The presence of fig provided the tart notes needed to balance all the gaminess of the dish. As a first timer to eat squab (Pigeon), I can’t look at those street birds the same way again seeing as they are a bit more delicious and less cumbersome than quail (smaller and full of bones to gnaw on). After all the savory plates, a good 10 minutes elapsed. One of the female waitresses brought in two different flute glasses and carefully explained that she insisted the dessert be paired with this particular drink…
Let’s start with the cleanser, again as I compare Luce’s, this one had no crumble and it was citrus all the way. The sourness of the kumquat and the icy satsuma play off of one another. Briefly my S/O and I had a small debate on our experiences of kumquat growing up. She insisted they were sour, whereas I felt they were sweet because it was something I grew up with seeing as my neighbor had a kumquat tree and we would always have at it. Childhood memories aside, as we sipped on the moscato the blood orange and tarragon sorbet cheesecake dropped in front of us immediately. The moscato helps lift the airy sponge cake, while the crumble provides the backdrop of a crust texture.
The blood orange helps keep the balance between the fennel and tarragon, balancing the herbal notes without overwhelming the palate of its fragrant nature. Our final bite came after ten minutes of wondering what would be the last impression S & D would leave for us this evening. Candied fruits are a common theme among many places, one such example is their candied pear vs. The Sea’s take on said confectionary (Alexander’s Steakhouse extended concept). The pear and orange were no different from one another. The hazelnut brittle of S & D was nice but I prefer the white chocolate square (brittle) of The Sea’s. Lastly, the ganache was amazing and definitely a better interpretation than Providence’s Chocolate dusted marshmallows (*shudder*). Overall, it was a pleasure to finally try this place and among many others. Although I am not as fortunate as some of my peers to have experience the peak of Michelin (French Laundry, Le Bernadin, Noma and etc.), I get what they’re aiming for but I believe some of the principles in fine dining are sort of… outdated and exaggerated. There’s a fine line between what is science and what cooking is all about. Some people love to push for a more scientific method of cooking (Ferran Adria, modernist cuisine cookbook and etc.), others are content with traditional recipes handed down to us from our culinary predecessors (classic techniques boasted by Escoffier, Bocuse and etc.)
To my understanding, the idea (or politics) behind Michelin star restaurants isn’t consistent in upholding their standards as one may think. Any restaurant (depending on the day and staff) can outshine or outrank their fellow peers (my experience at 1-star Luce was stellar vs. S & D’s somewhat stuffy 2-star solitude)**. Furthermore, even when you rank two different restaurants with similar backgrounds (Providence; former 2-star peak visit) vs. current S & D visit) you realize they’re not worlds apart from the ingredients, location accessibility, attitudes and perspectives of fine dining. A valid argument one could make is unlike the Michelin reviewers, my one time experience at all these places isn’t enough to address or criticize the validity of their consistency and execution of the restaurant and the experience they provide. However haven’t most diners (unless it’s their favorite spot) usually experience a place only once maybe twice at the very most? Service started a bit stuffy and was brought back down to earth by the end of it. The dishes adhere to sustainability, organic and forage consumption standards. Decor is nice and modern, but the lighting is insufficient unless you go early afternoon or have a reliable DSLR. The place is small and parking and accessibility is difficult at peak hours, especially on Friday nights without a reservation (something I learned the hard way). One of the other complaints I had is the pre-determined gratuity, a commonality with another fine dining excursion (revealed in the near future). I enjoy my freedom to tip, because many places who employ self-entitled servers don’t appreciate the tips and expect the highest reward while providing the lowest level of service. This wasn’t the case with Sons & Daughters; however, it may serve a problem if more diners like me are conscious of this in the future, just fair warning.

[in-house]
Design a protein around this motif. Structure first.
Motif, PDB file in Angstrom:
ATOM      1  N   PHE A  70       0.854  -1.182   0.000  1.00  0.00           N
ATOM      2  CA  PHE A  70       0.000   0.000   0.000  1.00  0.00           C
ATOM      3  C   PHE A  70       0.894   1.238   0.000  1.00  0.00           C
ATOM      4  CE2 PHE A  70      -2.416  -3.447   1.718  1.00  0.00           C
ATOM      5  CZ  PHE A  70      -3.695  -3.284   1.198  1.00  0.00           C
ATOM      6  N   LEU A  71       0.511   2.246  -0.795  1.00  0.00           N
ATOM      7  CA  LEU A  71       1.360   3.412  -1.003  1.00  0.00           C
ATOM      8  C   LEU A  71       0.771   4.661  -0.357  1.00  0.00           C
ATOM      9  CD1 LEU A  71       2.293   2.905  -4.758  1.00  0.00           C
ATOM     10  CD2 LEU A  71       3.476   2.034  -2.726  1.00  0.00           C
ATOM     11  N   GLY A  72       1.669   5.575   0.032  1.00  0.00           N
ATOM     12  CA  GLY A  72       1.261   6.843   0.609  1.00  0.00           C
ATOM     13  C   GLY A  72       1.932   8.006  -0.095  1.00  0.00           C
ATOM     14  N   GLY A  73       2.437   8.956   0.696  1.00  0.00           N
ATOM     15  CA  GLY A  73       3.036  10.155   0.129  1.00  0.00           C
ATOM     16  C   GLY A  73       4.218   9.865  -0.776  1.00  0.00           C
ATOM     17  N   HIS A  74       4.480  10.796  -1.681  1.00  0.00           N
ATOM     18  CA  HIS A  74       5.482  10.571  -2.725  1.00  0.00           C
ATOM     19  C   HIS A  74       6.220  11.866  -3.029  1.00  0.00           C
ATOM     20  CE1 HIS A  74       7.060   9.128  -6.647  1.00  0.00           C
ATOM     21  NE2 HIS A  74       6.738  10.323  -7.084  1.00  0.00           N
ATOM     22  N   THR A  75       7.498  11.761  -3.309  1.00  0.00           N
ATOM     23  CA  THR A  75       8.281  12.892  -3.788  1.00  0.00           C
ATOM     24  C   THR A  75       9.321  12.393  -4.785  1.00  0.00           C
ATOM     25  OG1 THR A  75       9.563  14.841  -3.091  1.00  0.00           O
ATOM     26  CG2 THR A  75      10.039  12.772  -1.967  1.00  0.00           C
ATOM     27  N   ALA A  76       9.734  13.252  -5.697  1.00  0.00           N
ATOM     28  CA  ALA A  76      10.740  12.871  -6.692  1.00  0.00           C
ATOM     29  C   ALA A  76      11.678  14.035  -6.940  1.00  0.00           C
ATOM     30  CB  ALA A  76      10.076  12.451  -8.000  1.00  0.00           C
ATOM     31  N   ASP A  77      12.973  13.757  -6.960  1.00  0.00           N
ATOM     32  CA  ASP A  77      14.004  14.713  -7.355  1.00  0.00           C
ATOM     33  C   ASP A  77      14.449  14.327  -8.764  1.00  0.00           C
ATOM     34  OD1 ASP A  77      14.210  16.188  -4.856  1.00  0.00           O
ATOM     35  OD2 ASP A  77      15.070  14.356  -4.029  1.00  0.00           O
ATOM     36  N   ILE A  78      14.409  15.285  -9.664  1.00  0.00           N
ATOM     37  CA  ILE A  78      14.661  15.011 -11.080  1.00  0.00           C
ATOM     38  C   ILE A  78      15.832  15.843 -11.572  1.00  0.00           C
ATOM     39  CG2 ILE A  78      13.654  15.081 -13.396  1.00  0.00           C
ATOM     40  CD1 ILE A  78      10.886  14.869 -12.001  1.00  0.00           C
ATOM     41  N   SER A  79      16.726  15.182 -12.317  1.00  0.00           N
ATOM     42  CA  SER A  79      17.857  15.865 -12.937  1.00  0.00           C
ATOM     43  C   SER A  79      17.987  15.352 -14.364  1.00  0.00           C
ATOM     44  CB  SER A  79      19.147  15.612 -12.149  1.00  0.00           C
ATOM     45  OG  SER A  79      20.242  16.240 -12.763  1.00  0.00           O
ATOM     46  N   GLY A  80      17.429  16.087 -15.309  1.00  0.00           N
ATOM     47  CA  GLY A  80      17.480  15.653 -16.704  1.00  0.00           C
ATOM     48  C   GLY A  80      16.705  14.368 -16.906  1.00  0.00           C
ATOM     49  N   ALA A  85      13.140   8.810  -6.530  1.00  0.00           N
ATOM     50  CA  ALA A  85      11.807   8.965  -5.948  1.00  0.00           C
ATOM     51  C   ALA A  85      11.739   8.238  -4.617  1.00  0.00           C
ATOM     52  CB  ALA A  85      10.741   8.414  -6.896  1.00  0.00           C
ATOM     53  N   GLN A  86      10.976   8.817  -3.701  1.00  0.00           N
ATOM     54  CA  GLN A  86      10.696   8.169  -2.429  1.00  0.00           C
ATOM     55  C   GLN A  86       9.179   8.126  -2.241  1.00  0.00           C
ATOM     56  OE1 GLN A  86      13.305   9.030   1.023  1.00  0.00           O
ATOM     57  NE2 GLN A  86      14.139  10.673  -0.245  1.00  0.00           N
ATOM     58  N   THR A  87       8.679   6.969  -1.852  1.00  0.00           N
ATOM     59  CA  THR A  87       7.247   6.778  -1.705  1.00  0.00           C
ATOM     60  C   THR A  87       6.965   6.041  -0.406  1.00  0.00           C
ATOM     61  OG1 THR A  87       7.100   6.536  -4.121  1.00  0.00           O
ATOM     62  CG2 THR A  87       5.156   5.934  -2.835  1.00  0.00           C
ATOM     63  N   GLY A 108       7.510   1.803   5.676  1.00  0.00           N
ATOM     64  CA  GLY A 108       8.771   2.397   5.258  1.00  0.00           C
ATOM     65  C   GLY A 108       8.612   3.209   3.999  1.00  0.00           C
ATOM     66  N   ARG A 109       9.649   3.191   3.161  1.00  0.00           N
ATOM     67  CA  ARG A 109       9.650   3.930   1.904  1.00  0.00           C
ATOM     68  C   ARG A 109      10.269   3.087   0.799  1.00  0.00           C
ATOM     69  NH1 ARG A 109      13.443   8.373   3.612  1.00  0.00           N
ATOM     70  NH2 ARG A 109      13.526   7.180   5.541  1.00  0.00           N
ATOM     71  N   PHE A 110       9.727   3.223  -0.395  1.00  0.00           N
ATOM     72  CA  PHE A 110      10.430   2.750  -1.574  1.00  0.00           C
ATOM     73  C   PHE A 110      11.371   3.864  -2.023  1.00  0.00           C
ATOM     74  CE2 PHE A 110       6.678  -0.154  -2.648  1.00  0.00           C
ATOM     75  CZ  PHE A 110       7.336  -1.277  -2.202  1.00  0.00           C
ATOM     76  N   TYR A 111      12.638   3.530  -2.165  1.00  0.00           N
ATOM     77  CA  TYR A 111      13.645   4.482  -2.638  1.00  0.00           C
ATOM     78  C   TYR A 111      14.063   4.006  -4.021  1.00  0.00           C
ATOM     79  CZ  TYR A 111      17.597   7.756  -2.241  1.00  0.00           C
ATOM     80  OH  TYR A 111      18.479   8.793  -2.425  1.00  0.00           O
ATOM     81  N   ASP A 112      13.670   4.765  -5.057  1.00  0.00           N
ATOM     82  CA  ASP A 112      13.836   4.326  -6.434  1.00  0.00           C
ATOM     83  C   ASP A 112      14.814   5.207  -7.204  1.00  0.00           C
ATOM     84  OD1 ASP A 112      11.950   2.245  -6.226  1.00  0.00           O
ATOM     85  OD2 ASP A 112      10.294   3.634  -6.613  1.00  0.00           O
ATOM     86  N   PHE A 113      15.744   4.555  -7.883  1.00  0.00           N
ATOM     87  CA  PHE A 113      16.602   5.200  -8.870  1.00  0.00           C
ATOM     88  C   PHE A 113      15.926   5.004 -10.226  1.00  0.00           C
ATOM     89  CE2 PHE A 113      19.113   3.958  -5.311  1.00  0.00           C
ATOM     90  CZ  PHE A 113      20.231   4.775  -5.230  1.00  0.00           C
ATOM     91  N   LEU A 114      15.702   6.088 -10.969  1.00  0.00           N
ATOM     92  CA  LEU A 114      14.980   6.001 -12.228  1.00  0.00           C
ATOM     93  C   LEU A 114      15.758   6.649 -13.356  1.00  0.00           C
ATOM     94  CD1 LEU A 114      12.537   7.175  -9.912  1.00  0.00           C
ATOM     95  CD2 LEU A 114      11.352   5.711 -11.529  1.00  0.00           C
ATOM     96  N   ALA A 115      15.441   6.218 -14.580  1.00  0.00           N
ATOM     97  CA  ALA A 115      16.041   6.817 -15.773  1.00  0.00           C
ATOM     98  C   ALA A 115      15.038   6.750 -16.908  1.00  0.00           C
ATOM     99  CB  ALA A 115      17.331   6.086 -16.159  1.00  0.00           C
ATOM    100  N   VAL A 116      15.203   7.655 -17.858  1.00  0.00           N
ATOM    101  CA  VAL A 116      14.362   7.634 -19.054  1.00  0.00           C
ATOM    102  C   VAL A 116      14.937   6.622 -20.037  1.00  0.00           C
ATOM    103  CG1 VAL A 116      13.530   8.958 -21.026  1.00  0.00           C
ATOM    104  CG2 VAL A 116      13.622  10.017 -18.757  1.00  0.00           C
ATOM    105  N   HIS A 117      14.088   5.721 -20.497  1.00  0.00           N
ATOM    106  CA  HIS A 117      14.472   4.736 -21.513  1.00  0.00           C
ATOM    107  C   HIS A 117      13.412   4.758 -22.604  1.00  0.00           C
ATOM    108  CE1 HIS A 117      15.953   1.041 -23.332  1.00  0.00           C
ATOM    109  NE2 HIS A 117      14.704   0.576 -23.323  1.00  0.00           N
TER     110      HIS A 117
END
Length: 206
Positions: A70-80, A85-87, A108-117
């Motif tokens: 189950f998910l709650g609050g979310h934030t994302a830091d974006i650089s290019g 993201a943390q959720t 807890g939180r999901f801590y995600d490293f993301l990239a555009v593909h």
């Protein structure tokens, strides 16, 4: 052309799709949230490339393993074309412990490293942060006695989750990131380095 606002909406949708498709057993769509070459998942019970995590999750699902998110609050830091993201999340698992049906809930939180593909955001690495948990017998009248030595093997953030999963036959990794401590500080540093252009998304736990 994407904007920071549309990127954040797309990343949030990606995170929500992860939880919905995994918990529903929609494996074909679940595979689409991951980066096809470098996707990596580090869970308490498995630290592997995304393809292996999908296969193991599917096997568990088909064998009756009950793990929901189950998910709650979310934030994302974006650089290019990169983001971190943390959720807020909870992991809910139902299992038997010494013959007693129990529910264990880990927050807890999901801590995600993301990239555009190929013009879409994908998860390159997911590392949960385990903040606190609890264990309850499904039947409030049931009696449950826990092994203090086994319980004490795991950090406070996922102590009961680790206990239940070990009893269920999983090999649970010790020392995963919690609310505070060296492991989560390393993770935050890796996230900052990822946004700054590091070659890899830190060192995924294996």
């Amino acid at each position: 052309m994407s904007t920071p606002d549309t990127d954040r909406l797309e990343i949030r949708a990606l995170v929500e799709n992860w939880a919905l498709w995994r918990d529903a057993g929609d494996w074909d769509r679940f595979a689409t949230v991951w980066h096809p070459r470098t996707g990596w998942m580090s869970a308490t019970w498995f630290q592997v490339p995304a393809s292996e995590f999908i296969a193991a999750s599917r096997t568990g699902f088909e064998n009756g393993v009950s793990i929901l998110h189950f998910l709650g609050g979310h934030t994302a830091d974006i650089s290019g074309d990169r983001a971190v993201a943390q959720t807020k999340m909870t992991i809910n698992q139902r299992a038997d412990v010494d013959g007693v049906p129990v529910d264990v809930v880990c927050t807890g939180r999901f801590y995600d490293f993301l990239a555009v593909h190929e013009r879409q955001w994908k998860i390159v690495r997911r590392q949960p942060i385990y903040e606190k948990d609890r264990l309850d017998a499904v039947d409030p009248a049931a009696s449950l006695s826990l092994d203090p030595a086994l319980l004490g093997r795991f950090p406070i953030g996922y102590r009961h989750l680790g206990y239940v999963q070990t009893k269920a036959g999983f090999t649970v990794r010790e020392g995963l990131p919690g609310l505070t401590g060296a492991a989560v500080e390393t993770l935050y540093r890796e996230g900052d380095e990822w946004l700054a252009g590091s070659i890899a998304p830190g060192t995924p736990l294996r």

Anyway, not to deter from my final point, Sons & Daughters in San Francisco is a quaint, somewhat pricey and intimate gateway into the whole concept of fine dining. If you’re a veteran of eating out (foodie or whatever you prefer to call yourself), you may want to hold back in visiting unless you’re prepared to shell out for a special occasion or to merely satisfy your own curiosity. This post was long overdue, but I’m happy to get back into the rhythm of things now that work has died down a bit. In the meantime, stay tuned for our next post, it’s going be another special one. Cheers!
**As of 16 June 2014, for the life of me I don’t understand why I ever thought of Sons & Daughters ever having two Michelin Stars when in reality it was always only one star to begin with, for the life of me, my honest mistake.**
Sons & Daughters
708 Bush St
San Francisco, CA 94108